A wide variety of sulphur and carbon minerals and compounds are often found associated with ore deposits. These minerals can impact ore processing and how waste can be stored during mining. Identifying what minerals these elements are present in has important implications for ore and waste characterisation.
The dominant minerals that host sulphur are sulphides and sulphates. Distinguishing the proportion of each mineral type is often an important part of environmental and metallurgical characterisation of ore and waste rock. Sulphates do not produce acid during breakdown at surface conditions whereas sulphides are acid forming under the same conditions. Sulphides associated with ore can also impact the hydrometallurgical processing, such as where cyanide is used to leach gold and sulphide minerals compete to use reagents.
A range of methods are offered to determine total sulphur, sulphur hosted in sulphide minerals and sulphur hosted in sulphate minerals.
|S-IR08||S (Total)||0.01%-50%||Total sulphur by induction furnace/IR|
|S-GRA07||S (Elemental)||0.01%-100%||Solvent leach with remaining elemental sulphur analysed by gravimetric finish.|
|S-GRA06a||S (Sulphate)||0.01%-50%||HCl (15%) leach of soluble sulphates, precipitation as barium sulphate and gravimetric finish.
Note: little to no dissolution of barite/celestite.
|S-IR06a||S (Sulphide)||0.01%-50%||HCl (25%) leach to remove sulphates; induction furnace/IR. Note: little to no dissolution
|S-GRA06a||S (Sulphate)||0.01%-40%||NaCO3 leach of sulphates, precipitation as barium sulphate and gravimetric finish.|
|S-IR07||S (Sulphide)||0.01%-50%||NaCO3 leach of sulphates, induction furnace/IR.|
Identification of the minerals hosting carbon can be important for characterising the way rock will behave during processing or storage. Graphite and organic carbon can cause problems during cyanide based hydrometallurgical processing. Gold that is taken into solution during a cyanide digestion can adsorbed onto graphite and organic carbon in a process called preg-robbing.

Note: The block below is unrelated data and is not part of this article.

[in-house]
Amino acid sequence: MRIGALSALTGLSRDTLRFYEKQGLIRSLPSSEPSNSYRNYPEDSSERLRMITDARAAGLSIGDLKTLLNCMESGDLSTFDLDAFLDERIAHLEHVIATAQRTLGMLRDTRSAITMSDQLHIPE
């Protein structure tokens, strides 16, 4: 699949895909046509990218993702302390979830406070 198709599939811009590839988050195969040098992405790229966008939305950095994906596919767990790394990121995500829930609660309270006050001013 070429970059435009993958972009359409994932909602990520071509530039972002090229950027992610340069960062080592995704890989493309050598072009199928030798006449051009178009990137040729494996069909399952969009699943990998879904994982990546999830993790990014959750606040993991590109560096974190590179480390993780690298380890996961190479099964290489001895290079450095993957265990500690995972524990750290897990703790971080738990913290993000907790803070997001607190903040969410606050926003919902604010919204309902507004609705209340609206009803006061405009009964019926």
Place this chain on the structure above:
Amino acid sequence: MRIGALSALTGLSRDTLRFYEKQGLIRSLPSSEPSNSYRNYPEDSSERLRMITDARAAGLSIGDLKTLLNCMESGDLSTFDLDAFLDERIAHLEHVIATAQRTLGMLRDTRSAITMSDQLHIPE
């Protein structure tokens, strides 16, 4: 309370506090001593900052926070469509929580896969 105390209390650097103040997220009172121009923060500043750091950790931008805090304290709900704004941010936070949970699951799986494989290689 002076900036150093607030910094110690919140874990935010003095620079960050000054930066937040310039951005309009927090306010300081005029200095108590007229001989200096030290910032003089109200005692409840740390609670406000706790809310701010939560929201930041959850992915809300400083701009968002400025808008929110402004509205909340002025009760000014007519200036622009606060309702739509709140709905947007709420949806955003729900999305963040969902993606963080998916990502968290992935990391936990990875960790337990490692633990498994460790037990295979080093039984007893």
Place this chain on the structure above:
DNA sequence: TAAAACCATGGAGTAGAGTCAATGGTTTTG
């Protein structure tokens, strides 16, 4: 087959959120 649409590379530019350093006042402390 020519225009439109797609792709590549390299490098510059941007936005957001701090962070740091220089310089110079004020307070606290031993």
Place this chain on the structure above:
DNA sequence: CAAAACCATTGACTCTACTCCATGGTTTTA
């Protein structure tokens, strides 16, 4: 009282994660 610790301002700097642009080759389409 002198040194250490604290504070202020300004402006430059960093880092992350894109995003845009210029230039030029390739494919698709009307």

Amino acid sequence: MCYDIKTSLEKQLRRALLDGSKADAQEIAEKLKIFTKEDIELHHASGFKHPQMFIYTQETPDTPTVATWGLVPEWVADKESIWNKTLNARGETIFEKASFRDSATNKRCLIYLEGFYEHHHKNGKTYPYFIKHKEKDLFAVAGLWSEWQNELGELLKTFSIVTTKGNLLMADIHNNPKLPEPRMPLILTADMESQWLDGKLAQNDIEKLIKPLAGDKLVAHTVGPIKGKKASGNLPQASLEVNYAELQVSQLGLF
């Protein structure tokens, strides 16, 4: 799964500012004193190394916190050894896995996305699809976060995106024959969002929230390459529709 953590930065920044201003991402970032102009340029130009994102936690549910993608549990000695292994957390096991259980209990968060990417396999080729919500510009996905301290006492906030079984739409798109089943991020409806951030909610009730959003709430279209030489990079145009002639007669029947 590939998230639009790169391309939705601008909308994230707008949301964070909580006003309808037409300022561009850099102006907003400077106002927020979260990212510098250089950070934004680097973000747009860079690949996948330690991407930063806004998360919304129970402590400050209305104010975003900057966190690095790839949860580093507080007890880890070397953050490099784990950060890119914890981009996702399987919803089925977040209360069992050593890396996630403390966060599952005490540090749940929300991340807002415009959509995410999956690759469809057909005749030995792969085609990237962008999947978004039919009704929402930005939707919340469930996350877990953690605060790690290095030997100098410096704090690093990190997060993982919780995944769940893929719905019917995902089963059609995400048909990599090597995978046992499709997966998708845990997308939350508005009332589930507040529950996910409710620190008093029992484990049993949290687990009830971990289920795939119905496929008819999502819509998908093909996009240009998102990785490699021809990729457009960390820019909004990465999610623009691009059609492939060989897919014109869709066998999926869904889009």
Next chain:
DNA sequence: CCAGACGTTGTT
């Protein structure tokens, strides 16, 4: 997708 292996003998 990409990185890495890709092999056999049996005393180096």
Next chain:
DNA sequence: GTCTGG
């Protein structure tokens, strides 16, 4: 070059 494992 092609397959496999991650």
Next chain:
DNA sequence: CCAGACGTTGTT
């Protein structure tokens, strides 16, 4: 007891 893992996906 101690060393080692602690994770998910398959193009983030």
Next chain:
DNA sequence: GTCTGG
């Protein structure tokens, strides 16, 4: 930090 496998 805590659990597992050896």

ALS provides a wide range of methods to determine the total carbon, organic carbon, carbon in carbonate minerals, carbon in graphite, and carbon in non-carbonates.
|C-IR07||C (Total)||0.01%-50%||Total carbon by induction furnace/IR.|
|C-IR06a||C (Non-Carbonate)||0.01%-50%||HCl (25%) leach at high temperature for 1 hour to expel carbonates as CO2,
residue analysed for C by induction furnace/IR.
|C-GAS05||CO2 (Carbonate)||0.2%-50%||HClO4 digestion and CO2 coulometer.|
|C-IR18||C (Graphite)||0.02%-50%||HCl (50%) leach of carbonates, roasting to remove organic carbon, induction furnace/IR.|
|C-IR17||C (Non-Carbonate)||0.02%-100%||Slow and repeated addition of HCl (50%) to decompose and evolve carbonates as CO2.
Residual carbon is then analysed by induction furnace/IR.
|C-CAL15||C (Carbonate)||0.02%-100%||Carbonate carbon calculated by difference. Requires C-IR07, C-IR17.|
ALS offers a variety of economical packages to report both sulphur and carbon concentrations for the same sample.
Several options for combined sulphur and carbon analysis are available. Two of these are listed in the methods table but please contact ALS for other method combination packages.
|ME-IR08||C (Total) and S (Total)||0.01%-50%||Total carbon and sulphur by induction furnace/IR.|
|ME-IR06a||C (Organic) and S (Sulphide)*||0.01%-50%||Non-Carbonate carbon and sulphide sulphur by HCI (25%) leach to remove carbonates
and sulphates, induction furnace/IR.
Samples can be submitted at any ALS geochemistry location and either analysed at that location or sent to a lab that performs the method. Please contact ALS to find out the logistics for submitting your samples.
If preg-robbing is suspected during gold analysis, specialised methods can determine the propensity for a sample to preg-rob in a cyanide leach.MORE INFORMATION
Carbon and oxygen isotopes of carbonate minerals can provide a vectoring tool for carbonated host mineralisations where visible alteration is limited.MORE INFORMATION